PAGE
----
BioConvergence: How nature-inspired technology is transforming our world

After about 4.5 billion years of solid research and development, nature has developed some ingenious solutions. From transporting water and nutrients up a 300-foot-tall redwood tree to defying gravity, nature has developed some of the best known methods for life to adapt and thrive.

Researchers and scientists have been increasingly keen to study nature in search of new innovations. Sometimes, they simply present themselves. Velcro, for example was created after a Swiss scientist went on a hike in the Alps and noticed that burdock burrs were stuck on his clothes and his dog. It took him 10 years to develop velcro, but now he’s resting comfortably having given the world a new way to stick.

BioConvergence is, put simply, the study of nature and the application of natural processes and phenomena to innovation. Technically it’s the convergence of biological, physical, and computing technologies inspired by nature. This field is now developing some of the most exciting and innovative developments in science and technology, including new materials and new fabrication processes for more efficient and resilient products.

 

Researchers are drawing on BioConvergence to find efficient, diverse, and ingenious approaches to problem-solving. New solutions are needed now more than ever, as the world’s population is expected to expand to an estimated 8.5 billion people by 2030, including 1 billion new people joining the middle class and consuming more resources. Concerns over sustainability as it relates to these projected needs are prompting new approaches to how we harness energy, consume resources and produce products.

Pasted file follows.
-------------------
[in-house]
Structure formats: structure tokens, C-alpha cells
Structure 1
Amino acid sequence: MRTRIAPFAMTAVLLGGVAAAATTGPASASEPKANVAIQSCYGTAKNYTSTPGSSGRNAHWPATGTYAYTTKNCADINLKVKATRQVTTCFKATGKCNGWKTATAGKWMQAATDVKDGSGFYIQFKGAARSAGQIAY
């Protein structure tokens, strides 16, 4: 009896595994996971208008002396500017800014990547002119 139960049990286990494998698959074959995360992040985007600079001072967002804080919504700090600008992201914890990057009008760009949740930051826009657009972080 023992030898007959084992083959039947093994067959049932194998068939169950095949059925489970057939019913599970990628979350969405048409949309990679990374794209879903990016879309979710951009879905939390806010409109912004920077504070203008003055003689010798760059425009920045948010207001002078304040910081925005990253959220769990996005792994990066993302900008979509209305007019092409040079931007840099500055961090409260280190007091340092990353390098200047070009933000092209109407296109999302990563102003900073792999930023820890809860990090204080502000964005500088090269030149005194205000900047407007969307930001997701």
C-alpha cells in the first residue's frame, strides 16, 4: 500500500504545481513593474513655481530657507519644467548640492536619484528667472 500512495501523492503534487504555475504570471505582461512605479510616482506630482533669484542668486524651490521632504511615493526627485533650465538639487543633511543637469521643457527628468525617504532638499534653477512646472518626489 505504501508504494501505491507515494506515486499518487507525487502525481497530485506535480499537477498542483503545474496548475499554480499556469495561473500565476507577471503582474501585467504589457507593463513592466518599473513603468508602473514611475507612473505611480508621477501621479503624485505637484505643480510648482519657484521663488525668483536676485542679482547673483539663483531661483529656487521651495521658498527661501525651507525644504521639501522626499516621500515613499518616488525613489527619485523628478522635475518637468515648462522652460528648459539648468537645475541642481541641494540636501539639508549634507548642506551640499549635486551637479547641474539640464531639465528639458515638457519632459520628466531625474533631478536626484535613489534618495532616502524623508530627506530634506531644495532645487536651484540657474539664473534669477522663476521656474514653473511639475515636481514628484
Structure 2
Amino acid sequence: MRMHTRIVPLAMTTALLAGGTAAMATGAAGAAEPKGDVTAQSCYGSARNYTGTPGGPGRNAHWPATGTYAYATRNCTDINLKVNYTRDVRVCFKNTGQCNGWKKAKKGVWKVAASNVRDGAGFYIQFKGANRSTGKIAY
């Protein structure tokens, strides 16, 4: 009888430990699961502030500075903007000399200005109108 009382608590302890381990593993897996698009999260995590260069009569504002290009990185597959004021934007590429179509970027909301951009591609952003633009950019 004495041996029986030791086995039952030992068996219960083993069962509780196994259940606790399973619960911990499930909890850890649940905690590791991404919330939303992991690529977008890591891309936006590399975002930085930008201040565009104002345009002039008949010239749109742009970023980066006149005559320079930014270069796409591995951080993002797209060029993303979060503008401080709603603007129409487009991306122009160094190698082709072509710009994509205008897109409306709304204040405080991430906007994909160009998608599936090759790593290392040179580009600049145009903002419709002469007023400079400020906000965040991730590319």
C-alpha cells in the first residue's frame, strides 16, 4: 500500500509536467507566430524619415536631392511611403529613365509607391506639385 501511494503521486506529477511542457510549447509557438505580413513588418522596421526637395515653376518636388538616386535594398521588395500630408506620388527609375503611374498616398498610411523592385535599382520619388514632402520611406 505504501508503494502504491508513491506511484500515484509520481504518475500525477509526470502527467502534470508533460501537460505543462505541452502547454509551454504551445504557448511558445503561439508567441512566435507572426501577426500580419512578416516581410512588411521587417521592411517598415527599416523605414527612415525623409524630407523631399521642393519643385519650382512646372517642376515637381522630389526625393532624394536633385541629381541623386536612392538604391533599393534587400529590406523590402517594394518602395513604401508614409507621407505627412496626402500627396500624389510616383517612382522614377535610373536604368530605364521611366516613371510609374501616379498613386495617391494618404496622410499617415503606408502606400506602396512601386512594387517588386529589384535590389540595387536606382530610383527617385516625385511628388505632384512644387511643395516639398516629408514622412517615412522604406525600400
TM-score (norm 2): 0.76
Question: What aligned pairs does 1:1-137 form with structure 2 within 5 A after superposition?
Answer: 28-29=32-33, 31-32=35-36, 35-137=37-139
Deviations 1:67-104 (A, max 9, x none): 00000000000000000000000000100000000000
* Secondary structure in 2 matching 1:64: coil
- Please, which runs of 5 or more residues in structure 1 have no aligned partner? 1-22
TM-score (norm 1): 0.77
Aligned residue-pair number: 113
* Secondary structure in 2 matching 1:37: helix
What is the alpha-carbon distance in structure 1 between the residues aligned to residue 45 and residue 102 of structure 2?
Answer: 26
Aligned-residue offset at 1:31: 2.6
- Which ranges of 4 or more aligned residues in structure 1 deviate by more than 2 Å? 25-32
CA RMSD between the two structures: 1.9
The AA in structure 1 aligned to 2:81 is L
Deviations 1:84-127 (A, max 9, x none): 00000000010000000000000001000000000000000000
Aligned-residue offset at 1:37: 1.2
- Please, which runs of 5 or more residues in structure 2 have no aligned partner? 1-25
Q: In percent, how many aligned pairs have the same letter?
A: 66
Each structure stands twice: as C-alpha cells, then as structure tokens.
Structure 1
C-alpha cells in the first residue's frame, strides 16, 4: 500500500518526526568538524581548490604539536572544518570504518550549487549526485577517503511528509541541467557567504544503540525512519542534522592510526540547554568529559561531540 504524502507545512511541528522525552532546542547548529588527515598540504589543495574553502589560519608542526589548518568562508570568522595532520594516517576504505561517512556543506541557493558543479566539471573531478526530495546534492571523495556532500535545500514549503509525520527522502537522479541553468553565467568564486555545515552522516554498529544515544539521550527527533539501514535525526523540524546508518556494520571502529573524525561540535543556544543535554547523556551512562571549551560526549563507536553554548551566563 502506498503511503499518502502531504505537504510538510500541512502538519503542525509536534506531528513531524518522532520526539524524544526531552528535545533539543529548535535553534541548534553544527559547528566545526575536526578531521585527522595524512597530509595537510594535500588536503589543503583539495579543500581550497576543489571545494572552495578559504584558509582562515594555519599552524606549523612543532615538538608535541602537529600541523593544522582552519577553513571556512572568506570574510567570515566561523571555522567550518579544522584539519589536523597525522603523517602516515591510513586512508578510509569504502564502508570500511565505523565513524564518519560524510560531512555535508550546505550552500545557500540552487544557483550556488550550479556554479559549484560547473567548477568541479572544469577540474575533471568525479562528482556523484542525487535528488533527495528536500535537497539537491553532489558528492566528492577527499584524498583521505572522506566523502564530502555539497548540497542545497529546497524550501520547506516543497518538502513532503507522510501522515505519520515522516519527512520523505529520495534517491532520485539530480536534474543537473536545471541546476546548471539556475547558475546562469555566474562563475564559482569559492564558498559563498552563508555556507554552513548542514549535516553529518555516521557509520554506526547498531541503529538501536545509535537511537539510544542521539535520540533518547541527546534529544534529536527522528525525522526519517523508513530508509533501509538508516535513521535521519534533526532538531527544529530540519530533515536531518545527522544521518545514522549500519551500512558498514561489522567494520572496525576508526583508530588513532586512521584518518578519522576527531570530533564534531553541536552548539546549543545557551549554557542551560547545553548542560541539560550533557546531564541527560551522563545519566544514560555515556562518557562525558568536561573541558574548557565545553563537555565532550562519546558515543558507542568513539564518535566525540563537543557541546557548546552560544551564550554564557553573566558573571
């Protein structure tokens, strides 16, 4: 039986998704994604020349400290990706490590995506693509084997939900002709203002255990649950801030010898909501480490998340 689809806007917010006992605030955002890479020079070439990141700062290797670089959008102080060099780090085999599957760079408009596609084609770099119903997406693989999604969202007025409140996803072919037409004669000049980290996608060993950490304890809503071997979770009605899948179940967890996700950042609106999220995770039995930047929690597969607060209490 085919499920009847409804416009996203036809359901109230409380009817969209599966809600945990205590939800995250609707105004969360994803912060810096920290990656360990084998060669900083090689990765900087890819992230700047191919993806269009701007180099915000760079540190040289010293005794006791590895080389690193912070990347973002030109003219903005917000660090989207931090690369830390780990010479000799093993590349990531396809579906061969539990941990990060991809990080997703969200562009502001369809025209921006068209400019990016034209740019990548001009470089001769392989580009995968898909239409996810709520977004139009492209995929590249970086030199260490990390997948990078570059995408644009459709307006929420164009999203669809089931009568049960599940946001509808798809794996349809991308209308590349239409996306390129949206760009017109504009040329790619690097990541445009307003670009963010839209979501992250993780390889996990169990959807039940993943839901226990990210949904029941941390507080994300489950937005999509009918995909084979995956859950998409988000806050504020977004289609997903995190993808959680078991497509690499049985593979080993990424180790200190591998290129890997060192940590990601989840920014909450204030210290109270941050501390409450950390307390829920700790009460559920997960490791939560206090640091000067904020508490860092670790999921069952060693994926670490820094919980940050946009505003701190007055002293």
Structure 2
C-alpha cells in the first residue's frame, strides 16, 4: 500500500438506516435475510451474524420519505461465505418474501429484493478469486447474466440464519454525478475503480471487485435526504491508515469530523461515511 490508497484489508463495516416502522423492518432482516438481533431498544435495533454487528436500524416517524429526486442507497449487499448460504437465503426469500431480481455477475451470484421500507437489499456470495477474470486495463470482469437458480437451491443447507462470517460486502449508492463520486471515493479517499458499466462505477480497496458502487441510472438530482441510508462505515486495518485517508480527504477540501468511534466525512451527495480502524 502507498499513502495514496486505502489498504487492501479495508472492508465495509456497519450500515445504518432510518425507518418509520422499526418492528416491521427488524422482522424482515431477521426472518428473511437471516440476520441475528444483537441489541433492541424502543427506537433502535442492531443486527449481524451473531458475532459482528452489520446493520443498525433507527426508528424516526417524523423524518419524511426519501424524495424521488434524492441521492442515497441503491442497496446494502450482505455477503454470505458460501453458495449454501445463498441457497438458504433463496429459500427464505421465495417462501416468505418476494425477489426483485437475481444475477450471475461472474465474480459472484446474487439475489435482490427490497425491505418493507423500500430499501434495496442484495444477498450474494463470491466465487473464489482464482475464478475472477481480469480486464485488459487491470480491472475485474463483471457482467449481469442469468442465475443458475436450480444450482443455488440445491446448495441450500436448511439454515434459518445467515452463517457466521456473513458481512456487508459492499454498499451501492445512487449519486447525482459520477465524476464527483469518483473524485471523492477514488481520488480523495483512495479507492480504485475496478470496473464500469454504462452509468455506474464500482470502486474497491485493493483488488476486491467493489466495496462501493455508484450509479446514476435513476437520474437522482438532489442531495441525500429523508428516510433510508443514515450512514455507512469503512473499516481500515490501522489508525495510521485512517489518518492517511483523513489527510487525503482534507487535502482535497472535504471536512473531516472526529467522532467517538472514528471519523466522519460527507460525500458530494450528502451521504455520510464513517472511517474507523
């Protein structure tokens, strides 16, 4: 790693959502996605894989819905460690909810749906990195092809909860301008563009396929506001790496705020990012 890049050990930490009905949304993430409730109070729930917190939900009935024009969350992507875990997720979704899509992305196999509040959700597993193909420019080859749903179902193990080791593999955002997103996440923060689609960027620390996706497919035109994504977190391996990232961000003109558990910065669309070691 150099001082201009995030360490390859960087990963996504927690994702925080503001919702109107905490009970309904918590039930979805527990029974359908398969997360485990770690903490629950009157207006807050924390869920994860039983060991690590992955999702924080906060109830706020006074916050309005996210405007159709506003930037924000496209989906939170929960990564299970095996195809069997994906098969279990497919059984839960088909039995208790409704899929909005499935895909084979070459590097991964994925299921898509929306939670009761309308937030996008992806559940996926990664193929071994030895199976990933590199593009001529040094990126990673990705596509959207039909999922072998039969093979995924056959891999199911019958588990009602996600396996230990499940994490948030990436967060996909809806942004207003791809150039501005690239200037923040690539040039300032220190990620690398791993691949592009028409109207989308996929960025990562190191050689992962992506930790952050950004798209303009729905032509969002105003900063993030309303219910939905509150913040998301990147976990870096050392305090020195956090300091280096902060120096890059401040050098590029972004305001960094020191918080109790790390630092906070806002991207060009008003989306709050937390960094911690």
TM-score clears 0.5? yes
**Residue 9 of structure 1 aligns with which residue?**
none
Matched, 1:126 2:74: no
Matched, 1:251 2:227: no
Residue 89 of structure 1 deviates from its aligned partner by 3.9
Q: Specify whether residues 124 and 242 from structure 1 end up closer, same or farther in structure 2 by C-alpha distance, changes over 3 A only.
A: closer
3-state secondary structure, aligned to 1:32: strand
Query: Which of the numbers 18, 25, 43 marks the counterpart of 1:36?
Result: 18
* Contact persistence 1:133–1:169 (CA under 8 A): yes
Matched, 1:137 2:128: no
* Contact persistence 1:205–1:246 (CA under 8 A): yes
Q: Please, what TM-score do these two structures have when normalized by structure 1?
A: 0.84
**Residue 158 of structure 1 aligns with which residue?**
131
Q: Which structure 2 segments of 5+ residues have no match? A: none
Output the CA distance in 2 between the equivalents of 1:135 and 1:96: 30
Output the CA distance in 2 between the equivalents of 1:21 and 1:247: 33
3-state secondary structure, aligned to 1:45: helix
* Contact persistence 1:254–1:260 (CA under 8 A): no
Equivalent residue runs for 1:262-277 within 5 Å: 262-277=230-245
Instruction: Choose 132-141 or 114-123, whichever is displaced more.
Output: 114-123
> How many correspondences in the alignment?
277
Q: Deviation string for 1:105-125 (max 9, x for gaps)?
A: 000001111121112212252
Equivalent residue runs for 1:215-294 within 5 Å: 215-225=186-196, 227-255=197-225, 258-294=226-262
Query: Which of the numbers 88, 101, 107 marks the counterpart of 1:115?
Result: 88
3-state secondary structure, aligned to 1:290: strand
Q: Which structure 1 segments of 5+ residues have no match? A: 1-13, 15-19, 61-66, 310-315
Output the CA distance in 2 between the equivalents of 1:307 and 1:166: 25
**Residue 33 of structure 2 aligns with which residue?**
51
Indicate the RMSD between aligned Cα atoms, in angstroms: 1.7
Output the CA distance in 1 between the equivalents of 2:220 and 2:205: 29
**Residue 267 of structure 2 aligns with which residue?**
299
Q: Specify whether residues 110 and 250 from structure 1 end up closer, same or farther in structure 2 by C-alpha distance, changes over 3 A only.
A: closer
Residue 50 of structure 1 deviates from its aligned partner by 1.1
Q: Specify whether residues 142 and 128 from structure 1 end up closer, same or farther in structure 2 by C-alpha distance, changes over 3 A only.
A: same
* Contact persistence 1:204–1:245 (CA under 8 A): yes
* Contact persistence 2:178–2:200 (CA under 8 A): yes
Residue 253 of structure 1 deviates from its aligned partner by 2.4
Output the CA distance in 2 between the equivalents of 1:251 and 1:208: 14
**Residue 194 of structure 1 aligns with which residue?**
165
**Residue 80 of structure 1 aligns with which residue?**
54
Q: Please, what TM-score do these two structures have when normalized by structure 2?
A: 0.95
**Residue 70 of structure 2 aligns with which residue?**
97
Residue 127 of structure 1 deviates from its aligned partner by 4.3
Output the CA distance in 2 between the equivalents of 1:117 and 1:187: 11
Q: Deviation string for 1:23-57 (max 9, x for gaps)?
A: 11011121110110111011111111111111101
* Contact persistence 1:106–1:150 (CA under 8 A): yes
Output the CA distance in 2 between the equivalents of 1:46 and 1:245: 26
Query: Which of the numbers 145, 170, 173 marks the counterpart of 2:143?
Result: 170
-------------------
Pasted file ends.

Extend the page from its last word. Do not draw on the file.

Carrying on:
The following are some examples of how BioConvergence is transforming the world as we know it.

Nature-inspired fabrication

In a future where demand could outweigh resources, alternative materials and fabrication methods may be needed–and soon. While previously the majority of our product manufacturing relied on a subtractive and replicative fabrication, we are now seeing increasing interest and use of additive manufacturing processes, that will give us greater control and less waste in product fabrication.

This form of manufacturing allows us to spend more time focusing on the detail of materials properties and science we are actually using to make fabrication and manufacturing more efficient and to increase throughput. It also inspires us to create products with varying material customization and personalization. It’s akin to the organization of cellulose fibers in the branch of a tree give the tree branch flexibility and yield. These properties are substantially different from the material in the trunk of the same tree. It’s the same wood but their mechanical properties are different based on the function of that region of the wood. We are moving into a world where instead of removing material, we add details needed by modifying the material rather than assembling another part.

Additive manufacturing, is an area HP is helping to pioneer and advance with its Jet Fusion technology. With HP’s Jet Fusion technology, users can control a material’s properties, such as color, mechanical strength,texture, elasticity, electrical and thermal conductivity, index of refraction, opacity, and more. This technology allows for the manufacture of parts with different qualities from common material. A part can have durable, hard surfaces with low friction where contact and wear will occur, and a differing index of refraction in another area.